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Lori Lightfoot Makes History As Chicago’s First Black Female Mayor

This was her first run for elected office.

Lori Lightfoot, 56, has been elected mayor of Chicago, becoming the first Black woman elected to the office, according to unofficial poll results obtained by the Chicago Tribune.

Lightfoot, who is openly gay, previously served as an Assistant US Attorney and a senior equity partner at Mayer Brown LLP. She defeated Cook County Board President Toni Preckwinkle on Tuesday, capturing the election with a lead of 76 percent to Preckwinkle's 26 percent, the Chicago Tribune reports.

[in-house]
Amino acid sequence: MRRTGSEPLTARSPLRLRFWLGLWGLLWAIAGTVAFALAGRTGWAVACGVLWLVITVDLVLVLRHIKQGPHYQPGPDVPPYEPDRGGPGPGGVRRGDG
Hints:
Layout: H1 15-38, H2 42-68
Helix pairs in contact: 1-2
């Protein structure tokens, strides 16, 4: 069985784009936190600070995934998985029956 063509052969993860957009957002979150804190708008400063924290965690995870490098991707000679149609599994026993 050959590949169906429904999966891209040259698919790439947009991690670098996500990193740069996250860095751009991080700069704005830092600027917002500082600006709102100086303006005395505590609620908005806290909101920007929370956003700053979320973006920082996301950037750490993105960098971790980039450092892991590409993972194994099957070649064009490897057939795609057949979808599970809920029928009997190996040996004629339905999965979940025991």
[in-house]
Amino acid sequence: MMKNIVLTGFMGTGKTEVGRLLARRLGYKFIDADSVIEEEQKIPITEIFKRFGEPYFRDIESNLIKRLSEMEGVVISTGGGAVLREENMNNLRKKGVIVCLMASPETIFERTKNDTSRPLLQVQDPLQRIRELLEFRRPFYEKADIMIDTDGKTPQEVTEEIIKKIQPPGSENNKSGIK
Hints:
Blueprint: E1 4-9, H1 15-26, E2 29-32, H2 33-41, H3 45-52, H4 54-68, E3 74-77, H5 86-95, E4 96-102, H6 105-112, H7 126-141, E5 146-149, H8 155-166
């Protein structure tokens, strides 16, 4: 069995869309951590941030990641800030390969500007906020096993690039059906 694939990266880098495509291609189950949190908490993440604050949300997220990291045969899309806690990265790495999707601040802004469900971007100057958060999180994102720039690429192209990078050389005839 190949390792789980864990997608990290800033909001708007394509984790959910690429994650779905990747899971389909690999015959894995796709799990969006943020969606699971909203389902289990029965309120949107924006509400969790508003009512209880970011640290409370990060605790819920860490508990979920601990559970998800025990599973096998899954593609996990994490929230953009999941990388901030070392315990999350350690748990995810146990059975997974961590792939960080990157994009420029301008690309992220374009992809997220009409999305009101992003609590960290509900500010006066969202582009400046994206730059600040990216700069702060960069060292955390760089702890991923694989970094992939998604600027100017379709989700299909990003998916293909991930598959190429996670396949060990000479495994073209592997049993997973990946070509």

A former federal prosecutor, she received support from the likes of Chance the Rapper during her first run for elected office.

According to the media outlet, Lightfoot's key policies include: passing an ordinance to ensure affordable housing in all wards; reforming police and community relations through a new Mayor's Office of Public Safety; and creating more funding to eliminate homelessness.

The new mayor-elect follows Chicago's controversial two-term mayor and former chief of staff to President Barack Obama, Rahm Emanuel.

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